Wright State was one of the very best offenses in college baseball in 2021, and while they do play in a hitter-friendly home park, the club’s strong underdog performance in the postseason proved that they weren’t a fluke. While Tyler Black deservedly soaked up most of the publicity, underclassman Alec Sayre and new Astro Quincy Hamilton did plenty of the heavy lifting as well. In fact, Hamilton actually outpaced Black in OBP and SLG, posting figures of .535 and .771 respectively. Yes, I’m looking at the right columns. It’s not a stretch to say that he was one of the biggest offensive threats in college baseball in 2021, showing off some very impressive command of the strike zone.
That type of production typically doesn’t make it to the fifth round, particularly not as a likely underslot pick, so most are probably wondering what the catch is in Hamilton’s profile. The biggest cause for alarm would be his age- Hamilton is already 23 years old, and a fifth year senior. Baseball America reported that he had interest as an undrafted free agent in 2020, so it’s more likely than not that he’d be in pro ball already had the draft not been shortened, but it’s important to contextualize production at lower levels of play. If there’s an issue as far as his game is concerned, it’s uncertainty about how much his power will play in pro ballparks - he managed 15 bombs this past season, but most of those came in the friendly confines of his home park. Hamilton has some obvious strength, but his frame isn’t especially big and it’s pretty maxed out, and the swing plane is a bit on the flatter side, so the concerns are legitimate. Combine that with a left field defensive fit- which is most likely in the eyes of evaluators despite center being his primary position in college- and his advanced age, and it’s understandable that he’s gone a bit overlooked.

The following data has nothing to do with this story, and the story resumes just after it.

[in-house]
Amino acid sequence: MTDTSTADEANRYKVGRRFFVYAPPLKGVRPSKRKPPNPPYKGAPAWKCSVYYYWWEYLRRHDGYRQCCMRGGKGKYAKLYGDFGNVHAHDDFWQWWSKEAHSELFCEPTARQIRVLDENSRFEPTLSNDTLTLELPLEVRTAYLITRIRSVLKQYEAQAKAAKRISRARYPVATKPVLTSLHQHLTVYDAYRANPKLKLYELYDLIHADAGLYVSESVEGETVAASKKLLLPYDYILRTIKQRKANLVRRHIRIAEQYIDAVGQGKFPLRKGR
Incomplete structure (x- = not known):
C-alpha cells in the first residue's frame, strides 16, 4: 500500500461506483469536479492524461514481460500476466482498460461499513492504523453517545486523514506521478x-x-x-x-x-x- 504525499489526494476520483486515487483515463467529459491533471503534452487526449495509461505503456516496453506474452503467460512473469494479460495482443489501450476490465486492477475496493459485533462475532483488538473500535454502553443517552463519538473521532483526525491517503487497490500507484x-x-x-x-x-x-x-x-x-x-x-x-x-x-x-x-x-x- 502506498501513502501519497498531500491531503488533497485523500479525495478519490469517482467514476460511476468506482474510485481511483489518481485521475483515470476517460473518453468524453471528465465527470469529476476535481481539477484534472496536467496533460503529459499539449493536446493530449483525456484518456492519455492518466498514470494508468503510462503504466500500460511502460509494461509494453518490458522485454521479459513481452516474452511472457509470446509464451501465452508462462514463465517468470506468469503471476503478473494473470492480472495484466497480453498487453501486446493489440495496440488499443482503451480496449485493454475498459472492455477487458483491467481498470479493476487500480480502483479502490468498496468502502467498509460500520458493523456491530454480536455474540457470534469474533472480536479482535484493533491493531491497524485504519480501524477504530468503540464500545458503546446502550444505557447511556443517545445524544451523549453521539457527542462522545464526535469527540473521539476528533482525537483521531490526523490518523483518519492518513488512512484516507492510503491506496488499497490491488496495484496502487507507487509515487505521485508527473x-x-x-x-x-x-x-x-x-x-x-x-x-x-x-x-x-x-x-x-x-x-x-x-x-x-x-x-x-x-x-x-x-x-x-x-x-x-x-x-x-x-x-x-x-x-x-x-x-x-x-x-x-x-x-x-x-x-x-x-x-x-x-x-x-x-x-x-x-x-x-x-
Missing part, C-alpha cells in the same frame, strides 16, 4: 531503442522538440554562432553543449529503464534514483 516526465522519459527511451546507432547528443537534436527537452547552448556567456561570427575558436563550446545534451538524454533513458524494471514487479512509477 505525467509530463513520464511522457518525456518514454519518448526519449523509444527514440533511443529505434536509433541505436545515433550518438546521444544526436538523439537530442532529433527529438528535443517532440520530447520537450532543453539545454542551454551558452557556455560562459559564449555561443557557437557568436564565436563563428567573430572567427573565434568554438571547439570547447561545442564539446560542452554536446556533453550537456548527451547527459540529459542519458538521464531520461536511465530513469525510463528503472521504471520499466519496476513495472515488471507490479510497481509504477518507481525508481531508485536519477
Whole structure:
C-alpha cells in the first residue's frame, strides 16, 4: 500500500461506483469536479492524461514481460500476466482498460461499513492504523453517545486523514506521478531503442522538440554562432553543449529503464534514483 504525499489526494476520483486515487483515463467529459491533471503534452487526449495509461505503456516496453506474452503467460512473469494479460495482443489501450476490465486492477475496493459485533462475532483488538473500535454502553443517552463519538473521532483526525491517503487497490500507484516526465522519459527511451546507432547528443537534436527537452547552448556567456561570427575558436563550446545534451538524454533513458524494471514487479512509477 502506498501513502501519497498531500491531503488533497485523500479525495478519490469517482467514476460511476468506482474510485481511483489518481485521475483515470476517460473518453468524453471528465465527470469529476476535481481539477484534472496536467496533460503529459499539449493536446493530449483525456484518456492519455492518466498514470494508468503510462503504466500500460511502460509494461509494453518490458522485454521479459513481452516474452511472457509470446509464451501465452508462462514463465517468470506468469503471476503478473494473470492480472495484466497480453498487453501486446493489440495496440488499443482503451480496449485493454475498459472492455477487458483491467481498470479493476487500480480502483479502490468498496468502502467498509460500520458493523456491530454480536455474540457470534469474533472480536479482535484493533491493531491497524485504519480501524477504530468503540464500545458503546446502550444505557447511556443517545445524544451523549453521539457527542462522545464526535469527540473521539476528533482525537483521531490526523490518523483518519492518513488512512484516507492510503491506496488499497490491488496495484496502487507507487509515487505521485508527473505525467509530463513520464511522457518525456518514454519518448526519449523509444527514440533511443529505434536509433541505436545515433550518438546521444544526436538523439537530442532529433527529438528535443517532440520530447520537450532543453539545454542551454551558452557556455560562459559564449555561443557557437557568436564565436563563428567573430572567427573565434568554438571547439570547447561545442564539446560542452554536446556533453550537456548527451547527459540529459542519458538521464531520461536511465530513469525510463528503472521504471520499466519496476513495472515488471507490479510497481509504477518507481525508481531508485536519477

Perhaps the ultimate ceiling isn’t particularly huge with Hamilton, but he’s a standout hitter who walked 56 times against just 32 strikeouts in 241 2021 plate appearances, and that’s quite a bit to work with for a cost saving selection. He should be pushed aggressively as soon as he gets into pro ball, as he’s already age appropriate for the upper minors, but he could well be up to the task. Even if the consensus on his power is correct, he has a chance to crack a big league roster as a depth outfielder with on-base skills with the capability to fill in at multiple spots.